Wool and the way we interact with it are subjects very close to my heart. I love experiencing wool with all of my senses, both in it’s natural form (on the sheep) and lovingly crafted by human hands. Working with wool brings me joy, it calms and uplifts me. I am also passionate about discovering more about this wondrous natural fibre and the inspiring stories of the folks who grow & work with it. Every new discovery brings me a great sense of awe and wonder, and helps me move further along in my own wool work. If our individual interactions with wool can each be described as a “journey“, then the pace of mine has been intentionally set to slow.
Slow wool expresses first and foremost a personal love affair with a natural material which has been quietly unfolding since I moved permanently to France in 2012.
But why wool, you might ask? Wool is a natural resource. It is 100% sustainable, biodegradable and renewable. It can be utilized in an infinite number of uses. To insulate our homes. To stuff the mattresses on our beds. To weave the carpets beneath our feet or the cloth on our backs. It’s fibres can be rubbed together to produce felt, for making blankets or hats or mittens. Or twisted together to produce yarn, which in turn can be transformed with knitting needles, crochet hook or loom. In almost all cultures on the world, wool has been the golden thread running through our shared histories.
Wool in all it’s many beautiful forms can be processed in a way which is respectful to the land on which it is grown. To the sheep from whose backs it is shorn. And to the human hands which skilfully work with it to transform it from raw material into finished item. Or not.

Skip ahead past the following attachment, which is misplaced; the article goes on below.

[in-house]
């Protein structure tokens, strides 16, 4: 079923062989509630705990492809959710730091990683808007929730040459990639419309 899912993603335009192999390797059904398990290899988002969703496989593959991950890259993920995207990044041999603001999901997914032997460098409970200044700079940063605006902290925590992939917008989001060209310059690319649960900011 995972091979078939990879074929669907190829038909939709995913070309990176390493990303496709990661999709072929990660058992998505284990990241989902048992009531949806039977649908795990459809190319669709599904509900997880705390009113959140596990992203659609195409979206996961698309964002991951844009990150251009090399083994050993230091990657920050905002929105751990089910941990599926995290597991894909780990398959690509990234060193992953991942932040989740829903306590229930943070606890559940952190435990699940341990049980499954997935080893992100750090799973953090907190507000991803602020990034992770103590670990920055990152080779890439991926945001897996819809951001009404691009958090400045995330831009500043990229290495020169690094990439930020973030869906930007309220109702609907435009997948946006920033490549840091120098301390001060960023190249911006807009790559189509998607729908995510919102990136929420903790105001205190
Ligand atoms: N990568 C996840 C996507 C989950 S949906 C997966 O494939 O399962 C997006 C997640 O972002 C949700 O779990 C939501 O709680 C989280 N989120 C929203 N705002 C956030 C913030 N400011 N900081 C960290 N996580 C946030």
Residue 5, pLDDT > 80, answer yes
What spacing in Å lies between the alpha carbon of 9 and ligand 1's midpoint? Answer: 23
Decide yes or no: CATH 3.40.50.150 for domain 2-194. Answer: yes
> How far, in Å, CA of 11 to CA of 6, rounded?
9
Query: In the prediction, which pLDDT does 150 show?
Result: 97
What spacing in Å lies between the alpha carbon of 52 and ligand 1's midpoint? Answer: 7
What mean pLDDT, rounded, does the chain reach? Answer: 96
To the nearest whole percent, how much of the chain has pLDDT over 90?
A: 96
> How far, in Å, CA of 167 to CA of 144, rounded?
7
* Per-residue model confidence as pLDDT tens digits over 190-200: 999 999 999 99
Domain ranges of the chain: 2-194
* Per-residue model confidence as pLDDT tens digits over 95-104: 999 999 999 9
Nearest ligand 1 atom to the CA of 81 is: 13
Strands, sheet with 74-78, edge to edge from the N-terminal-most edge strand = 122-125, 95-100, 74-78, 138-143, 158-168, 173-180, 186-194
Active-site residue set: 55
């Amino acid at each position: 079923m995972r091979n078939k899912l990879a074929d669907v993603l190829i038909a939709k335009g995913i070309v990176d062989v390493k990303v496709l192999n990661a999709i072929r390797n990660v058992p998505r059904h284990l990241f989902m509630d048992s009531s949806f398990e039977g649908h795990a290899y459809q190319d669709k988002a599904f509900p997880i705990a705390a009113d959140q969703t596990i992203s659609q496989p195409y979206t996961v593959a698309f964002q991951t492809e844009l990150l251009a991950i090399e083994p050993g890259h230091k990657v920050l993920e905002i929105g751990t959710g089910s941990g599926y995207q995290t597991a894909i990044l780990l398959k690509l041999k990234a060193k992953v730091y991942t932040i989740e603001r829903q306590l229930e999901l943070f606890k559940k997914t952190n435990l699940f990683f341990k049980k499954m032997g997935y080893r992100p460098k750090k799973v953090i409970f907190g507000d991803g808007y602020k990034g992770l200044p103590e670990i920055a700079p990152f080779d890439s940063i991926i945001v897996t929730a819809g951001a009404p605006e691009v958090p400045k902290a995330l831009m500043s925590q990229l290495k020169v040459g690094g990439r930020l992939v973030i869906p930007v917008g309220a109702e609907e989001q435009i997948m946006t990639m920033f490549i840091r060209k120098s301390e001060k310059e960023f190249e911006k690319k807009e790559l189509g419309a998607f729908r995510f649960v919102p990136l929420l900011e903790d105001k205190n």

Slow wool is therefore partly my own quiet resistance to mass production. To fast fashion. To disrespectful treatment of the land, of animals and of fellow human beings. It is a conscious decision to embrace the art of authentic craft and pure raw materials, to seek the stories behind the fibres that run through my fingers. To create not only with my hands, but also my head and my heart. It was born of my dismay at many of the current realities of the wool industry both locally and world wide. It also grew from a desire to make a deeper connection to the landscape and sheep rearing traditions of the Pyrenean valley where I have chosen to make my home.
And on a more personal note, slow wool also serves as a reminder to myself to be more mindful in my making. To refuse to be rushed. To pace myself. To not put too much pressure on myself to produce.
Acceptance of slow is essential to create beautiful things. But also for me to live well and sustainably within the confines of my chronic health condition, Myalgic Encephalomyelitis. Refusing to be rushed, slow wool is therefore also a conscious reminder to myself to take things one step at a time